What’s your return on management attention?

Some boards allow management to spread attention too thin and focus on too many little things. The right approach is bigger bets in fewer places.

Management attention is a resource. Just like capital, boards need to determine how they will allocate that scarce resource when thinking about a new initiative. When a board is contemplating doing something new or different, it’s always important to ask who will be responsible for it – who will devote the bulk of their energy and attention to the project.

If no one has the time, capability or energy to put behind an initiative then it’s unlikely to be successful.

Bigger bets increase your return

There is a general tendency for companies to be additive – the management team is constantly given more things to do, but things are rarely taken off their plate. Taking on too many things splits management’s attention and places the business at risk of doing a lot of things badly.

Obviously, management’s attention is first taken up with the job of running daily operations. While this consumes a lot of attention, there should always be some time left to consider new projects or special initiatives. But management needs to have enough time to do each of these initiatives justice.

Rather than trying to do everything now, companies should place bigger bets in fewer places. If a strategy is worth pursuing then it needs to be done wholeheartedly. You’re more likely to have a profound impact if you pick up one big initiative and go after it rather than distributing your time and attention across many little things.

A classic example where it’s worth laying a big bet is in client development. If you want to truly penetrate a big client you’ve got to devote a team to focusing on that client and not much else. If your client development team is focusing on a whole range of customers, you’re unlikely to get the scale that you need to win that bigger client.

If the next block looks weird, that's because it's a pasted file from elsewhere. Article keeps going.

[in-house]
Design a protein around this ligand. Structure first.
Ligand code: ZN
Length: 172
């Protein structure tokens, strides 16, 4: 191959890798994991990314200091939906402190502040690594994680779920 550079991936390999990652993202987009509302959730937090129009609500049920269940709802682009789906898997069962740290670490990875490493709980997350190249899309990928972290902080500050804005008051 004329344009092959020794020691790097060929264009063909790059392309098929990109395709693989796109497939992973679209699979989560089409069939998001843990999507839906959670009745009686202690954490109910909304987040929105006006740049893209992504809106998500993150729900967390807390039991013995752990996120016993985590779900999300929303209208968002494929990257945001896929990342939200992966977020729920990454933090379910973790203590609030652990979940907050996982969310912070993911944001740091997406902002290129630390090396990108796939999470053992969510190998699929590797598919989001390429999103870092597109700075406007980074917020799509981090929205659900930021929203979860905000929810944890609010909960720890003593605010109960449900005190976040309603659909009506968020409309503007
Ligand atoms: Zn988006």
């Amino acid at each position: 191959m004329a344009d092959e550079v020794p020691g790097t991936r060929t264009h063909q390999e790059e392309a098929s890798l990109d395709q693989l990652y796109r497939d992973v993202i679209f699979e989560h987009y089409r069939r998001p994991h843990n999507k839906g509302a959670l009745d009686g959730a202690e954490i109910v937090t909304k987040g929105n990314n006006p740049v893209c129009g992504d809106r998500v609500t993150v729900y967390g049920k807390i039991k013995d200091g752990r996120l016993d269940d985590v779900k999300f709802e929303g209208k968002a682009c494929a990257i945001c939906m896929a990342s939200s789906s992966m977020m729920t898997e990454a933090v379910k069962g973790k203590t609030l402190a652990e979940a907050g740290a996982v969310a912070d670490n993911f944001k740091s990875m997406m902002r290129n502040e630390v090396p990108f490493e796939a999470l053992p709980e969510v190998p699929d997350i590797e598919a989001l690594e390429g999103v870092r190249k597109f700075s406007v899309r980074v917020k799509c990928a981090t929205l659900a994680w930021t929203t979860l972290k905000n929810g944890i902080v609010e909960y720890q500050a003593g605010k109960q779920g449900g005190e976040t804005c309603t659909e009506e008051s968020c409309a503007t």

Management attention is a resource. Just like capital, boards need to determine how they will allocate that scarce resource when thinking about a new initiative.

It’s time to stop doing things

Many executives spend too much time looking after things that add little value or are no longer useful. If they’re going to find time to do new things they need to stop doing other things – so retire products, partly used systems and prune things that are no longer used. While trimming around the edges might be important at times, if you really want to make big strides you’ve got to do it with purpose and at scale.

The ability to say no is critical in managing any scarce resource – whether that’s management attention or something else. A company that’s mindful about where it spends its energies and attention is often more ruthless in its approach to strategy. Lendlease does this extraordinarily well. It has a philosophy that it will work only in gateway cities. These cities have been defined, so if a project comes up in a city that’s not included they simply don’t do it. It focuses everybody’s mind on what’s important.

The first consideration for most new initiatives is whether the business has the capital to invest in that area. But the board should also consider whether it will get the return it wants on management attention if it implements the new project. If they can’t find someone of appropriate seniority who will be able to devote their time and attention to the initiative then it’s time to reassess. All boards must look at how many bets they’re laying and place bigger bets in fewer places to maximise their return on management attention.

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